Sat, April 13, 2024

Future of dual enrollment education opportunities in Georgia

A joint Georgia Legislative committee has wrapped up a series of meetings on dual enrollment opportunities in Georgia.

Chaired by state Representative, Matt Dubnik (R-Gainesville) and State Senator, Matt Brass (R-Newnan), the commission was created during the 2023 legislative session with the passage of Senate Resolution 175 ( It is tasked with looking for solutions that could expand “dual enrollment for highly skilled talent at younger ages.”

Dual enrollment is a pathway for students in high school to jumpstart their post-secondary education, generally at one of Georgia’s technical colleges.


Currently, under HB 444 in 2020, dual enrollment targets high school juniors and seniors who are allowed to take core and career and technology education (CTE) courses. High school sophomores can also participate, but are limited to CTE courses. Prior to 2020, freshmen were also eligible to participate, but HB 444 ended that.

Janae Williams, a senior at Hephzibah High School, is currently also attending Augusta Technical College, studying criminal justice and criminal justice corrections.

“I came to the high school during the summer and I talked with my counselor and I told her that I wanted to focus more on college since I had already had most of my credits for high school, and she helped me get enrolled into it,” she said. “It’s great because that means next year, I’ll be able to have my associate degree in criminal justice, the intro part, if I pass the class.”

Her counselor, Cartillia Young, knew Williams was a good fit for dual enrollment.

Cartillia Young (left) with the dually enrolled student, Janae Williams (right)

“She’s a very well-rounded student. She is intentional about the things that she does,” Young said. “She came in and said, ‘Hey, I’m almost finished, so I want to do this dual enrollment.”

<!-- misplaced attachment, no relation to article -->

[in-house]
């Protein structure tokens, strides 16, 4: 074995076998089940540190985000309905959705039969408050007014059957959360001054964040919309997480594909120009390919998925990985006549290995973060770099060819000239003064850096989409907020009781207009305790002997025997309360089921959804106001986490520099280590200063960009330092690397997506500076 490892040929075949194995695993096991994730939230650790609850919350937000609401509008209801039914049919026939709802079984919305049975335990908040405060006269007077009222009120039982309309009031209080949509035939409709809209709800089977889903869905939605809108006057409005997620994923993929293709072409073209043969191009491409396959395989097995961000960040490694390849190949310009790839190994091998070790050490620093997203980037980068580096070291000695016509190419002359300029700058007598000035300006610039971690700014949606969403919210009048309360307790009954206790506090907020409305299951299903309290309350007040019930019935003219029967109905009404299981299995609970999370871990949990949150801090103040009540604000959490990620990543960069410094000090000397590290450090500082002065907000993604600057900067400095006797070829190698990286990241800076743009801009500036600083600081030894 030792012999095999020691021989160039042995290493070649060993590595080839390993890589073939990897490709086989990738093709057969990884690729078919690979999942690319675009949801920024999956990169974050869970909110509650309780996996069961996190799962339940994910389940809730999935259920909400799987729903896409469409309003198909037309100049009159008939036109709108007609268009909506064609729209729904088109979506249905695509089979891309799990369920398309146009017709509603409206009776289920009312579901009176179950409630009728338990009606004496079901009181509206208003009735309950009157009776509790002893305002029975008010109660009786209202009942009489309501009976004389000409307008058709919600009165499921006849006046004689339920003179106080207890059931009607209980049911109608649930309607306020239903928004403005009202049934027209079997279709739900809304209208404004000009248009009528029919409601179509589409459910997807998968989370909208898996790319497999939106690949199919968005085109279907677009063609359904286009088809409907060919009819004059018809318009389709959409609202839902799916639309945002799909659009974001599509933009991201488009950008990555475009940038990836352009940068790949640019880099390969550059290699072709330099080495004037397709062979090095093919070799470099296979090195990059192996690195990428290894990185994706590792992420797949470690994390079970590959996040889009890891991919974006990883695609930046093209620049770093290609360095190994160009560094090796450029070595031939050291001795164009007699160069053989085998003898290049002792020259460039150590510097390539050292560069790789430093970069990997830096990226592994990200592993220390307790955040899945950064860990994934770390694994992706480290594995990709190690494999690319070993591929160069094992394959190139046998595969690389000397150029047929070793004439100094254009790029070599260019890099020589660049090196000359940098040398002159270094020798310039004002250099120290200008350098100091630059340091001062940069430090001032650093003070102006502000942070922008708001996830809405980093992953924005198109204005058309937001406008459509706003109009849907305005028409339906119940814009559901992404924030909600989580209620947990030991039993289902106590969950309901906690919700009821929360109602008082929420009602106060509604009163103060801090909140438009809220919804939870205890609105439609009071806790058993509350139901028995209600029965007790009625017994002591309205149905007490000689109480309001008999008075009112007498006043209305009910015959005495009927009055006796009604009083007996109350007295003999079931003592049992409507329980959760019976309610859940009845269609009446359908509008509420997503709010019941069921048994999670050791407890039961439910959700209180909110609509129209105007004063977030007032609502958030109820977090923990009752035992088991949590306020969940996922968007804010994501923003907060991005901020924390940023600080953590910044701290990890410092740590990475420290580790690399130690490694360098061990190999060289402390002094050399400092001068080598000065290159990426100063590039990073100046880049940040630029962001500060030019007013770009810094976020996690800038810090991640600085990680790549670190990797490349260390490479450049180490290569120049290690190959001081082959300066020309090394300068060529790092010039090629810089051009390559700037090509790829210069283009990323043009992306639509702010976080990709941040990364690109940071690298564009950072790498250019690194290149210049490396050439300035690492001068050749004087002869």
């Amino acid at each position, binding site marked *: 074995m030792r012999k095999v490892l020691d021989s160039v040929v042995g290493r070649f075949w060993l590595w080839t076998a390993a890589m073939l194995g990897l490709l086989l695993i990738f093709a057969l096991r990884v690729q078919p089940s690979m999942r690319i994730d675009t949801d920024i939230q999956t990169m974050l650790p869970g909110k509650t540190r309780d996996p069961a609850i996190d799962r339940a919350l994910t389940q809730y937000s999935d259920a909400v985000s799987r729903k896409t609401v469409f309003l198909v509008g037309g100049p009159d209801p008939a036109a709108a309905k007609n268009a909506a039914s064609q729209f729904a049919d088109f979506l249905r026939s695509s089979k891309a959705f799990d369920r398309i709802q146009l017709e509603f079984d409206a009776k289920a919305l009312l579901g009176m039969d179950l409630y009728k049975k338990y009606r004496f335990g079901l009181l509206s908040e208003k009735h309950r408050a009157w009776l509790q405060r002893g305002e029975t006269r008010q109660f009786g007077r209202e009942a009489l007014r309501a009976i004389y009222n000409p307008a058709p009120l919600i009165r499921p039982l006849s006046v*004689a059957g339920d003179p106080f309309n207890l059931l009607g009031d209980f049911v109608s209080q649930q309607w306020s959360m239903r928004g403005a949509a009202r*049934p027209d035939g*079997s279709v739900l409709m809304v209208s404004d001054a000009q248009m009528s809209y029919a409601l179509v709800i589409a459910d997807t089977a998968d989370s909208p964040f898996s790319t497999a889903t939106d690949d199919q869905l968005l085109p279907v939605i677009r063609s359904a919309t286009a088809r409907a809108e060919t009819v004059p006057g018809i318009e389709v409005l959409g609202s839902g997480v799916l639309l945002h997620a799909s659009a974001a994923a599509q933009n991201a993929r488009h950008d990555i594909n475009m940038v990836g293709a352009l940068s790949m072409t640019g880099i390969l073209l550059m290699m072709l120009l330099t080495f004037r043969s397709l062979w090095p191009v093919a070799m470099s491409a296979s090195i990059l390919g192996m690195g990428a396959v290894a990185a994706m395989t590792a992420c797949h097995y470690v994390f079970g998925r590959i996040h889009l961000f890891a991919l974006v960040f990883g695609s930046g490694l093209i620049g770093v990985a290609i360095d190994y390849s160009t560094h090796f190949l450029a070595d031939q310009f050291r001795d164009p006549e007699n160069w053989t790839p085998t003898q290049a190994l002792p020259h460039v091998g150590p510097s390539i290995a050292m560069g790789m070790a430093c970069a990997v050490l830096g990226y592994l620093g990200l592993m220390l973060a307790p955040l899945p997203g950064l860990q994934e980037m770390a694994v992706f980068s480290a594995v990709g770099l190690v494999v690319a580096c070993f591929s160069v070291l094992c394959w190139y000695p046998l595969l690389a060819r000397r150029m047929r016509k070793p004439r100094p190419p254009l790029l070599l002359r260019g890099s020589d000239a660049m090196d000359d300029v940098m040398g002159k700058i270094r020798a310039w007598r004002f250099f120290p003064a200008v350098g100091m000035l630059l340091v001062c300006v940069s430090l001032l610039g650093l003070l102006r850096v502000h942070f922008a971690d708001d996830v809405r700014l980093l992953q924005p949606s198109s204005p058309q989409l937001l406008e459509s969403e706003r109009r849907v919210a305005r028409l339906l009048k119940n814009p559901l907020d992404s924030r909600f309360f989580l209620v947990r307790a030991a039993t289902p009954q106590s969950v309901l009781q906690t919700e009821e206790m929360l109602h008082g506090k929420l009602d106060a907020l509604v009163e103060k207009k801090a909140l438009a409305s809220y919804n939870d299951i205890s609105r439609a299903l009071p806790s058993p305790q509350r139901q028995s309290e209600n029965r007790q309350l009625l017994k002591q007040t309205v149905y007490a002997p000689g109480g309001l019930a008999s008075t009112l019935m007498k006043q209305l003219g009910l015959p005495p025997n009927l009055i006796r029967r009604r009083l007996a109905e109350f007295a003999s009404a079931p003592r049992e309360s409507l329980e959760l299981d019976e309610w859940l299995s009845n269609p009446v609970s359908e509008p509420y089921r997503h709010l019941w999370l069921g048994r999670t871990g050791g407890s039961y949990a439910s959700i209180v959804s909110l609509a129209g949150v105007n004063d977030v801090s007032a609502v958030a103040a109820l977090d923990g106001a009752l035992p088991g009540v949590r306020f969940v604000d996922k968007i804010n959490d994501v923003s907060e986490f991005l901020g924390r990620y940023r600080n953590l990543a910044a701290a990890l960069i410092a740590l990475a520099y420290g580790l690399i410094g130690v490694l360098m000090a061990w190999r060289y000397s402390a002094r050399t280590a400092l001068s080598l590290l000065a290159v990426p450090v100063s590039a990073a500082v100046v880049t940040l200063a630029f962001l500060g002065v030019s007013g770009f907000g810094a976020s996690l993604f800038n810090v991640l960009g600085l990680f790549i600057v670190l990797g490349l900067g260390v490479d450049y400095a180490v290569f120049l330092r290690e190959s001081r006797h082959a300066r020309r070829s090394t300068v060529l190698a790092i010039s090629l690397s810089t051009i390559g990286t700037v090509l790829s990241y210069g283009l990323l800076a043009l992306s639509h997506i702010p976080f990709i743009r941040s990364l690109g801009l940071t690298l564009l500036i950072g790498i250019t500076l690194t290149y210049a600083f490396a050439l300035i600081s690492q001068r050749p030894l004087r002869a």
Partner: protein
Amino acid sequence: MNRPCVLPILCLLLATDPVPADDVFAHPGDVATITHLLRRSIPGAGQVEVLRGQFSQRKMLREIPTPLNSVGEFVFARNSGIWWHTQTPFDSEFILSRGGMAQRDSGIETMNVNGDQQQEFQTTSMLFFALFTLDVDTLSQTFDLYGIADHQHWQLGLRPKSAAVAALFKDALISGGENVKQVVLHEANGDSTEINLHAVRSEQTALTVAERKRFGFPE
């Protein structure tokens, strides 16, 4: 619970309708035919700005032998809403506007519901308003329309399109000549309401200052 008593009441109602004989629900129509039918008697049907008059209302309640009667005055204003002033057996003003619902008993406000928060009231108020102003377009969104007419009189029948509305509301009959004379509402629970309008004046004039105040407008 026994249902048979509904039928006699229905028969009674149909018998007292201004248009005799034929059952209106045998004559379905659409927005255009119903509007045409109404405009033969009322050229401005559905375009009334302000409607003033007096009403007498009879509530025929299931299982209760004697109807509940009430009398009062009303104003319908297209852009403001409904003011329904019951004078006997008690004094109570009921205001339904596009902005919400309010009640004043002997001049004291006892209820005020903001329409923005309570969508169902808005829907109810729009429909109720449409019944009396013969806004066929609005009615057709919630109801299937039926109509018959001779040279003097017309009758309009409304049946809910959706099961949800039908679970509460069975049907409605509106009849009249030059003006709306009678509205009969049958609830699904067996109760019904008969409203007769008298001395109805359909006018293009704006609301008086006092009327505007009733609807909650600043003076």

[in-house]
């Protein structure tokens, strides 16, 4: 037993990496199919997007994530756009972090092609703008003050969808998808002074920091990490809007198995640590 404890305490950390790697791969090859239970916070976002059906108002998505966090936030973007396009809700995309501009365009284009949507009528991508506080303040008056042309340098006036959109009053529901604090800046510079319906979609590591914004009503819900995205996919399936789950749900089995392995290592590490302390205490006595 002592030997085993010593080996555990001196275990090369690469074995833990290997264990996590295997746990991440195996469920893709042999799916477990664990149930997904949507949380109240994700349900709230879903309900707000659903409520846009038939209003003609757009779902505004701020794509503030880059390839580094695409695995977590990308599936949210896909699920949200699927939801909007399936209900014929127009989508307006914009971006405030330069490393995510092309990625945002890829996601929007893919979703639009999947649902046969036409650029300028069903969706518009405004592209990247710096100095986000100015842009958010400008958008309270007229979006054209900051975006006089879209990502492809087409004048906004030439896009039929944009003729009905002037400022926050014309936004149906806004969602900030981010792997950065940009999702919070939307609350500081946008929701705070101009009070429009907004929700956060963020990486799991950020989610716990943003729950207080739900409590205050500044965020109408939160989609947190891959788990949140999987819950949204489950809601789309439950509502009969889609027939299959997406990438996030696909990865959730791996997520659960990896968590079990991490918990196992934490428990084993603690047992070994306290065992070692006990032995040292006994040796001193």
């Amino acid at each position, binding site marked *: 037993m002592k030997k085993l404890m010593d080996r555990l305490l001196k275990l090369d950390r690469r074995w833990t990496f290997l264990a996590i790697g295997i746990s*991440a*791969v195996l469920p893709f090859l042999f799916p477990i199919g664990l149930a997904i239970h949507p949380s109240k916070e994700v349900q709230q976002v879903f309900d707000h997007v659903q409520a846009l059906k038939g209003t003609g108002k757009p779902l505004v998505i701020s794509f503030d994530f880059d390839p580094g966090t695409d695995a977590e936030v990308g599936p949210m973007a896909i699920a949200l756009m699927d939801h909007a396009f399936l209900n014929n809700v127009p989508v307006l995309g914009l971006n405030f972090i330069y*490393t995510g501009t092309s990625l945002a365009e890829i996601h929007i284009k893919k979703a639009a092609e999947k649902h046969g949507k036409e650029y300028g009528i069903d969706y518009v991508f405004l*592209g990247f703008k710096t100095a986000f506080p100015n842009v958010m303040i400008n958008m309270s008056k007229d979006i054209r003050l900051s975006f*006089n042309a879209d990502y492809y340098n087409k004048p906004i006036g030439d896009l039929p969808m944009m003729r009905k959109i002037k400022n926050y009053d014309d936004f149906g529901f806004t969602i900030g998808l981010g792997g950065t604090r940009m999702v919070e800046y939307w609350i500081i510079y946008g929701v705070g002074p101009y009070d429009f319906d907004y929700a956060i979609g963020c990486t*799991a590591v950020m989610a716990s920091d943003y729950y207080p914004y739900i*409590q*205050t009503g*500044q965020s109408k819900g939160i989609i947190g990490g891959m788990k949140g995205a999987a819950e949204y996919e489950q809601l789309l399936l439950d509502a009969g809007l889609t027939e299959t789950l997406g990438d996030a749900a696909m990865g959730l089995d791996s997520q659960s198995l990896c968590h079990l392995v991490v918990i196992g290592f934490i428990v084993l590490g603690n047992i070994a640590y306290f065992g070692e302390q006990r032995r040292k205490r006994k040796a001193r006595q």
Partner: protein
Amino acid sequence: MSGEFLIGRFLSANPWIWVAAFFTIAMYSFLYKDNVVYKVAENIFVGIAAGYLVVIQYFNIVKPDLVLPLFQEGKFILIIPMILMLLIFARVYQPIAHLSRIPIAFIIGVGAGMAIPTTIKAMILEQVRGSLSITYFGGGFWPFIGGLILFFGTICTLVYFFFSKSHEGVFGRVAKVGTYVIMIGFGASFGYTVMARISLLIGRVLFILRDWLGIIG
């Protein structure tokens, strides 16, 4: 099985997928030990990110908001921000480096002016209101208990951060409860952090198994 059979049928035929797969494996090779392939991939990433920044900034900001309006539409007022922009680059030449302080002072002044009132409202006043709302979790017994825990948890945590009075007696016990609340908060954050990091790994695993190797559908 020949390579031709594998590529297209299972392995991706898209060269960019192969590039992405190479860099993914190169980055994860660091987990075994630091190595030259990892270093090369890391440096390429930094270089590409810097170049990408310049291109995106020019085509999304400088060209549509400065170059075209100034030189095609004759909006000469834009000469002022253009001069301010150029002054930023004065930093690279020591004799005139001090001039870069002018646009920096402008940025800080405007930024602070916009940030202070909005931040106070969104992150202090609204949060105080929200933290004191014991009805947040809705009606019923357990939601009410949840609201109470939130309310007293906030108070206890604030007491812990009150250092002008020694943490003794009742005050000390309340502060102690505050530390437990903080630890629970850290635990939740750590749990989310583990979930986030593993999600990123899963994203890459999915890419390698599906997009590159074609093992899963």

Young said the first step was to determine what Williams wanted to pursue.

“It’s not just the technical college, they have diplomas, degrees, they have varying levels of courses out there. And it runs the gamut,” she said. “That’s the difference between being able to get in there and get what you need and get out into the workforce.”

“I want to be a sexual assault counselor, work with sexual assault children. Those are the cases that I want to work with because a lot of it is overlooked and you have that culture of good cops,” she explained.

Charlie Tudor, Advanced Studies Program administrator for the Richmond County School System, oversees the district’s dual enrollment program. He said they partner with higher education institutions including Augusta Tech, Augusta University, and Georgia Military College.

“Predominantly, our juniors and seniors, the ones who want to enroll in those classes, and they meet certain criteria created by the institution, we fully support them,” he said. “A lot of those classes are core classes, or sometimes they can be specialty classes based on their self-interest, which helps them create an individualized learning plan for themselves as they finish up their high school requirements and step into that college life while they’re still at home and still have support systems with us in the building if they run into some issues as well as the supports at home.”

Tudor said an expansion of access to dual enrollment could be particularly helpful for students in smaller communities and rural areas. He said Richmond County is already engaging with students down through middle school with the district’s career pathways education.

“We, through our CTE department here in the school system, offer exploratory courses and opportunities for our middle school students. And that looks a little different at every middle school, but for sure, with information technology, computer science, coding, some of those trends that are so prevalent here in Augusta,” he said. “So, they get sort of a taste of some of those CTA pathways in addition to other career exploratory classes.

Tudor gives credit to the district’s business partners including Augusta University, the Medical College of Georgia, and Georgia Power that provide the exploratory classes.

During its series of meetings, the joint legislative commission heard from representatives for large businesses, the University System of Georgia, and the Georgia Department of Economic Development.

Members of the commission will spend the next few months reviewing the testimony to determine whether changes need to be made to the state’s dual enrollment program. It is possible the commission will make recommendations for the 2024 legislative session.

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